HACAN: “The question is not whether new capacity is required but whether we are making the most intelligent use of existing capacity.”
Prime Minister David Cameron has announced that a new airport in the Thames Estuary will form part of the Government’s consultation on its aviation policy, expected in March (1). The Government has ruled out any new runways in the South East for the duration of this Parliament but the consultation will include options for new runways for the longer-term. However, any further expansion of Heathrow has been ruled out.
The decision to include the option of a Thames Estuary Airport appears to have been made under pressure from business interests which are concerned about lack of capacity. However, the Government’s own forecasts of future demand, published last July, suggest that no new runway would be required before 2030.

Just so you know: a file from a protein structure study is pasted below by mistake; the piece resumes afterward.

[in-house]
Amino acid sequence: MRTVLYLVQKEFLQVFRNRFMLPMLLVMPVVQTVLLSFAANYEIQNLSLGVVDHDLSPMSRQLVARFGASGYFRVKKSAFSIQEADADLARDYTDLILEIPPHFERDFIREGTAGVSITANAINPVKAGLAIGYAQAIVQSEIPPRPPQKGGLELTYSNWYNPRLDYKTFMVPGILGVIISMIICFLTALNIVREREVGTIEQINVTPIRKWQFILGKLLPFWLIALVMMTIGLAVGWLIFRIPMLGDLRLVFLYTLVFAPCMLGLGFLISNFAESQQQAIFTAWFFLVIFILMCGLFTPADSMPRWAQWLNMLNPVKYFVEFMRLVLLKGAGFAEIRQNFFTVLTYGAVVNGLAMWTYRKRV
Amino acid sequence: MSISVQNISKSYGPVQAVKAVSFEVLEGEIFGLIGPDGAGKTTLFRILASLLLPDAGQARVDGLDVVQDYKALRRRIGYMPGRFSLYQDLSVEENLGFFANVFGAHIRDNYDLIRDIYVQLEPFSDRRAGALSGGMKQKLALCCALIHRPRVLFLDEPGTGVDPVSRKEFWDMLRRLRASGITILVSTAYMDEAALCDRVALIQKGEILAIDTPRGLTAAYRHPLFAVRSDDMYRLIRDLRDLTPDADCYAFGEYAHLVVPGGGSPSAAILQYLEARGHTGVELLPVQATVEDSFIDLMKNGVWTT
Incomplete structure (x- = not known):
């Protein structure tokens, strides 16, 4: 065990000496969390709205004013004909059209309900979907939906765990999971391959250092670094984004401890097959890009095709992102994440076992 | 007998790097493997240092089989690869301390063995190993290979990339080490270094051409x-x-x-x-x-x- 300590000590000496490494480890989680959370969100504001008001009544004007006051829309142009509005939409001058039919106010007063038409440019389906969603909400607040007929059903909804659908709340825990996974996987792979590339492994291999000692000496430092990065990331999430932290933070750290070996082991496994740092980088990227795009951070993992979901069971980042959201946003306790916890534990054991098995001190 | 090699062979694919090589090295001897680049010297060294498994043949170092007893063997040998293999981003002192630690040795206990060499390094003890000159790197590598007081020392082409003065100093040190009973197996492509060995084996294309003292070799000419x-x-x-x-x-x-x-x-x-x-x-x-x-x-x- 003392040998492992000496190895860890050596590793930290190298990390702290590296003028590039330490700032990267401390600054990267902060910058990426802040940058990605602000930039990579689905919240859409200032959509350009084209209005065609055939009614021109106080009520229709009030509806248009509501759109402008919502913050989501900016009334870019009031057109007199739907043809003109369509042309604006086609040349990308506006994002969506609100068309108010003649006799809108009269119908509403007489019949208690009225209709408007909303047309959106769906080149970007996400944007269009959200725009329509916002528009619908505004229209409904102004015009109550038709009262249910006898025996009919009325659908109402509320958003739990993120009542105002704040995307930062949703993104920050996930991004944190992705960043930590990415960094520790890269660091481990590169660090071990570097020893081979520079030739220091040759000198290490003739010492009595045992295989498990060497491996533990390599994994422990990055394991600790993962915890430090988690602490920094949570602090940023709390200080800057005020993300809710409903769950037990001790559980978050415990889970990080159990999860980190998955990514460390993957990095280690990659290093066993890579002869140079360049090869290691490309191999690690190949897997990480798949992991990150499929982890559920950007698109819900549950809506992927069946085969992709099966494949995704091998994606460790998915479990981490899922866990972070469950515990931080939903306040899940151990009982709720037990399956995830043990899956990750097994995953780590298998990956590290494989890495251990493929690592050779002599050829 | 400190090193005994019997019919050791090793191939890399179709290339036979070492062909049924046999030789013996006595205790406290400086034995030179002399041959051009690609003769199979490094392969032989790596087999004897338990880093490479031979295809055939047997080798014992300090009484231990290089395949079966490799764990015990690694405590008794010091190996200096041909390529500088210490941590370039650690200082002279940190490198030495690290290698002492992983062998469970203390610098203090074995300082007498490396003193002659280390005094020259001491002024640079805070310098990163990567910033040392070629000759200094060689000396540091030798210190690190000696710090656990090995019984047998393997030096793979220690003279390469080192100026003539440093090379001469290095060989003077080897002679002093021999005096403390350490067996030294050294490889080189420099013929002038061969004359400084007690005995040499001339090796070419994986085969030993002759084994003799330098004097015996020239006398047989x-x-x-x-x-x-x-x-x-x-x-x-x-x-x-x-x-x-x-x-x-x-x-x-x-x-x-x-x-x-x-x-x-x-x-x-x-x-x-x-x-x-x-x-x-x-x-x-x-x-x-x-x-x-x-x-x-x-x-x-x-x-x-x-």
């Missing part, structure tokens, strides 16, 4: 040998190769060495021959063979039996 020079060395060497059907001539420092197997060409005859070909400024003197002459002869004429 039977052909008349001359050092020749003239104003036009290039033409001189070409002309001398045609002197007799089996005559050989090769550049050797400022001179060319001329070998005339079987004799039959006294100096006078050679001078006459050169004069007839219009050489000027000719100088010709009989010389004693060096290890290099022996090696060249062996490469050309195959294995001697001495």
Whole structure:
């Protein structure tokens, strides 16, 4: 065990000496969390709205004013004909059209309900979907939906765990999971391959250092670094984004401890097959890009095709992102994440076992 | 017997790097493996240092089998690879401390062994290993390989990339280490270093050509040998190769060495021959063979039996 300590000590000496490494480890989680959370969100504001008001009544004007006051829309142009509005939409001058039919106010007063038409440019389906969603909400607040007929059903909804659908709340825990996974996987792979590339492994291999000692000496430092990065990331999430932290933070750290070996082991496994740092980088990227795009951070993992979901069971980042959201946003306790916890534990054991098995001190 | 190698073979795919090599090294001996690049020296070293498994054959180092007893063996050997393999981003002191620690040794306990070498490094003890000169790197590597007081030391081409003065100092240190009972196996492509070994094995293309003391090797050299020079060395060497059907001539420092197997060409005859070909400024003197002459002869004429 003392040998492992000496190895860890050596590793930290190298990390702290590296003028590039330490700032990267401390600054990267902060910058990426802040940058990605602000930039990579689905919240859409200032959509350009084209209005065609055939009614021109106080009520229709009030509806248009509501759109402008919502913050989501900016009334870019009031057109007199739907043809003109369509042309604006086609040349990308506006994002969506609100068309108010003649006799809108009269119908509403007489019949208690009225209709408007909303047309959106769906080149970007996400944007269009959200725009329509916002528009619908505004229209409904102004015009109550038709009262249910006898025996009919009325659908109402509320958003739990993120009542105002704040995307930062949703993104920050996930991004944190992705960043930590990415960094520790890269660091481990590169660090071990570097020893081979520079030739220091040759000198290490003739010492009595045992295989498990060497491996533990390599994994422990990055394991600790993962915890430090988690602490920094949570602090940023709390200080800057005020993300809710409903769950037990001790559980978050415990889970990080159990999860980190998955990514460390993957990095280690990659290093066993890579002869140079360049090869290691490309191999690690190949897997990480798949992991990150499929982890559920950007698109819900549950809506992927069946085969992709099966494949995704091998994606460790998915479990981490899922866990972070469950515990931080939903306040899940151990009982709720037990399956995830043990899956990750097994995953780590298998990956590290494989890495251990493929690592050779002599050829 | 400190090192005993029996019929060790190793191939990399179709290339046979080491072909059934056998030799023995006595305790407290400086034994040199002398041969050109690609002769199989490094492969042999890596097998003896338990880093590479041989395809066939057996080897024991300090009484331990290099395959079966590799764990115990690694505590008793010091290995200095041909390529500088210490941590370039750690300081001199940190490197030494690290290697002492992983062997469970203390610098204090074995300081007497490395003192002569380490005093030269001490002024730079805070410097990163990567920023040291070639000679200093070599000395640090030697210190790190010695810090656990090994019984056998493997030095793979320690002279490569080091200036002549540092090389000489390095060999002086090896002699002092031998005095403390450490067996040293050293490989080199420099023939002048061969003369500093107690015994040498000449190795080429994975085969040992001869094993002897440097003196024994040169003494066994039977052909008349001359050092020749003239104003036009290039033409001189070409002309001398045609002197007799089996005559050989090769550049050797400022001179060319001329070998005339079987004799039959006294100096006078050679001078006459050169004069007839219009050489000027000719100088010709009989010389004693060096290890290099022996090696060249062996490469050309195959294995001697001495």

An estuary airport would call into question the future of Heathrow. The Department for Transport concluded in 2002 that there was not the market in London and the South East for two international hub airports.
John Stewart, Chair of HACAN, which represents residents under the Heathrow flight paths, said: “There are mixed views in West London about an Estuary Airport. Some residents support it as it would remove the constant noise from their areas. Others are concerned that job losses would blight West London as Heathrow directly employs over 76,000 people.”
Stewart added: “The bigger question is whether extra capacity is actually needed. Even at Heathrow nearly a quarter of flights are short-haul. If policies were in place to enable these passengers to switch to rail or do their business via video-conferencing, that would free up capacity for additional long-haul flights from the developing economies of Asia, Africa and South America. The question is not whether new capacity required but whether we are making the most intelligent use of existing capacity.”
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